neglecting the artist’s aspirations, experiences, expressions, and accomplishments. Both Baykam and Ağaoğlu have created a criticism and visual thinking that are fundamentally relational and work as intermediaries between the artist and the viewer.
Yeşim Ağaoğlu - I can do it too (2015)
EVER-CHANGING IDENTITIES / THE SELF-PORTRAIT
An interpretation of self-portrait can be found in the work of Suat Öğüt, who deals with the topic of receiving the “permit”: to migrate, to reside, to work, to live and to love. This is made possible by his Belgian residence permit, which he obtained when he was studying art in Belgium. The inclusion of both sides of his residence permit shows proof of his temporary residence, hence, of obtaining the permit. Öğüt transforms a bureaucratic document into an artistic statement.
Suat Öğüt - Business Card (2015)
In her work, Gözde İlkin focuses on gender and socially constructed identities and attempts to shed light on some of the deepest drivers, desires and fears of human beings through a subjective documentary approach. In her work for the Imago Mundi collection, she deals directly with the gender issue by creating a Turkish identity card split into two, where she combines both the female (pink) and the male (blue) versions. In many cultures, the identity card is still the most common outward manifestation of the sexual, psychological, emotional and sociological identity of its owner and a field of control for the authorities.
Gözde İlkin - ID Card
FROM PHOTOGRAPHY AND VIDEO TO THE CANVAS
Sefer Memişoğlu’s The last pixel of Canvas Pyramidion is a convergence of canvas and photography. The artist is interested in what lies in between and focuses on the interaction between the real and virtual aspects of the canvas. In the Imago Mundi project, the surface of the canvas has been minimalized to create a symbolic artistic presence with an index of names: hundreds of artists and hundreds of small pieces of canvas build up a pyramid.
Sefer Memişoğlu - The Last Pixel of Canvas Pyramidion (2015)
One of the first and most important performance artists from Turkey, Şükran Moral creates situations in which social norms are subverted and the suppressed is allowed to emerge. Her performances have taken place in many different locations, ranging from brothels and hammams to mental hospitals, thus disrupting their normal function and turning them into discursive platforms for art. In her Imago Mundi work, she revisits one of her iconic performances – Hamam (Turkish Bath) from 1997 – as she covers her canvas with one of the photos from this performance. It took place in the men’s section of the Galatasaray Hammam as an act of transgression in a society where the role of the woman was – and still can be – defined by men.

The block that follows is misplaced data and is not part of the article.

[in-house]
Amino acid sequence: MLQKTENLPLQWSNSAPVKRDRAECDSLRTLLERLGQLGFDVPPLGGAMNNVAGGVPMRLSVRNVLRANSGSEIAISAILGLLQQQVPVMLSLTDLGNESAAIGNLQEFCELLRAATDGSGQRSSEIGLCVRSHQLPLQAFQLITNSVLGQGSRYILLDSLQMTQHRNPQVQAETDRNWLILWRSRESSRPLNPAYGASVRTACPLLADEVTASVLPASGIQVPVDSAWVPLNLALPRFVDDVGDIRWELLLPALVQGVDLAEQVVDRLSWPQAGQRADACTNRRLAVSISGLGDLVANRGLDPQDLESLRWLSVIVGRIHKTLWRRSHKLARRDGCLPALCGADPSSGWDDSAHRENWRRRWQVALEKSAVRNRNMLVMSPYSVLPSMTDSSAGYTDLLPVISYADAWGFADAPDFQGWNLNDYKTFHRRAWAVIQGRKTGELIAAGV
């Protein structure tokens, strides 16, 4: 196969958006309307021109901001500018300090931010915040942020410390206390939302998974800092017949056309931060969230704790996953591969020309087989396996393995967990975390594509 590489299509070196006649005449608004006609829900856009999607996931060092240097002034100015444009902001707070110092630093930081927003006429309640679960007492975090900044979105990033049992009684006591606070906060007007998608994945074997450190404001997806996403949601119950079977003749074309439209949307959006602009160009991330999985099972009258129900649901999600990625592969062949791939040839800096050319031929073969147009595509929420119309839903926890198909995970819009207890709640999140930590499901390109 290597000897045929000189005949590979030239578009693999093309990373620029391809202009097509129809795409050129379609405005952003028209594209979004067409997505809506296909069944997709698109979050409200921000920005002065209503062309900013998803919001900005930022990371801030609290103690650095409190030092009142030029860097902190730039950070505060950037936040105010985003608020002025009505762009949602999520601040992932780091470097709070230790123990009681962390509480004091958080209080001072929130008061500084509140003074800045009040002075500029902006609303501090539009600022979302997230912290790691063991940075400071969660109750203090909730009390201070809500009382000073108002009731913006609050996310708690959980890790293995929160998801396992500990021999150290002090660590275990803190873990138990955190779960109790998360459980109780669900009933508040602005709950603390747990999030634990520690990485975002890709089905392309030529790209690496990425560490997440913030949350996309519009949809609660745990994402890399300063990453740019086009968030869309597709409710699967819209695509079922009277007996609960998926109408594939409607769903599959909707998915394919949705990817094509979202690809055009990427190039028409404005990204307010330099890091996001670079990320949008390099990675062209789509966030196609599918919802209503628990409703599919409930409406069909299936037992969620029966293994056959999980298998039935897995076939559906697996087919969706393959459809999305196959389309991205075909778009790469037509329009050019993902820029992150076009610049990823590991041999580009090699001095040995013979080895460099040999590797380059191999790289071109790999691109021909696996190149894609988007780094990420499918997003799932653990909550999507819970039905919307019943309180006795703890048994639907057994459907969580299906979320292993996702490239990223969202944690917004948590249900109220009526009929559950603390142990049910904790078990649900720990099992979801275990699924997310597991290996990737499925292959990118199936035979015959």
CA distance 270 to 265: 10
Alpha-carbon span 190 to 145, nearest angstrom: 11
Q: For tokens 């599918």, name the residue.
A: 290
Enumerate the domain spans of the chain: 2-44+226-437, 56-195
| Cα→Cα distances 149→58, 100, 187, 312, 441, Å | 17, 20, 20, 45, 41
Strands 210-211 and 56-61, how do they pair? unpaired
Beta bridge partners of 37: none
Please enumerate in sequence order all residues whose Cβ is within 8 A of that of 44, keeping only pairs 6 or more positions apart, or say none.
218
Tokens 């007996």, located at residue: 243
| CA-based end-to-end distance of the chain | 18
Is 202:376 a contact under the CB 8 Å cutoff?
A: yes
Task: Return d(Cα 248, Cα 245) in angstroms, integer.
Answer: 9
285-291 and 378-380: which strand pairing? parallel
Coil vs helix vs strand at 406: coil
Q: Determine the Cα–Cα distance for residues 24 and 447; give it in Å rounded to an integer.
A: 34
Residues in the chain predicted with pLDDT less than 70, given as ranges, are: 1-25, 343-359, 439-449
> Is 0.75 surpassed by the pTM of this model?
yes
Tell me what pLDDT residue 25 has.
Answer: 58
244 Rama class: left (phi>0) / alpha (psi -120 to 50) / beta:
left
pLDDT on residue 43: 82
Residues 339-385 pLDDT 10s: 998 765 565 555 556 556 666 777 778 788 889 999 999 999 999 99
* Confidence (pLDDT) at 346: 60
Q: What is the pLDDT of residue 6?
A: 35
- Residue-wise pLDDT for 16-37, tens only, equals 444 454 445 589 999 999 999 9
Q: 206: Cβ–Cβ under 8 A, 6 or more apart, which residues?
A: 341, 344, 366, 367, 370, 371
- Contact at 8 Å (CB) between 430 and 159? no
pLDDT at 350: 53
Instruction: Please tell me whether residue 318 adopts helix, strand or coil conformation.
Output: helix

Şükran Moral - Hamam (2015)
The urban development that has led to gentrification is an ongoing issue affecting the urban landscape. Onur Girit captures a scene of demolition, a common scene in contemporary cityscapes. What is in front of our eyes is cruelty in the form of rubble, which marks both an end and a beginning.
Semih Zeki - Under Construction (2015)
CHALLENGING THE BORDERS OF THE CANVAS
If we shift our focus away from the environment and its destruction, we can see Gül Ilgaz concentrating on her personal dilemmas in society, and those emerging from the clash between the East and the West, the traditional and the modern. She cuts the canvas into two right down the middle, and then poignantly tries to reconnect the two sides with four safety pins.
Gül Ilgaz - Untitled (2015)
Derya Özparlak often plays with balloons in her works, “hanging” being a dominant concept. In her work for Imago Mundi she creates a playful intervention: a fragment of the canvas turns into the thread that holds balloons together, while the wooden frame of the original Imago Mundi canvas is used as a base for the entire work, creating a “wooden bouquet”. Evolving from the thought bubbles of her first works, Özparlak’s balloons fly against gravity. By creating a colourful world of balloons she attempts to catch and hold onto lightness, both technically and conceptually.
Art Direction, Photography and Production
Claudio Scorretti, Irina Ungureanu
Editing and Translation
Turkish and English Translator
Special thanks to
Bedri Baykam, Lora Sarıaslan, Hande Eagle, Rosita D’Amora, Luiza Bialasiewicz, İlayda Babacan & Şebnem Kutal (İlayda Gallery), Burçak Bingöl & Ceren Yeltan (Zilberman Gallery), Nuran Terzioğlu (Apel Gallery), Yasemin Elci & Daryo Beskinazi (x-ist Gallery), Kerimcan Güleryüz (Empire Project), Feza Velicangil (Sanatorium Gallery), Tankut Aykut (Őktem Aykut Gallery), Sevil Binat & Melek Gençer (C.A.M Gallery), Gökşen Buğra (Art ON Gallery), Özlem İnay Erten (Bozlu Project), Leyla Ünsal (Versus Art Project).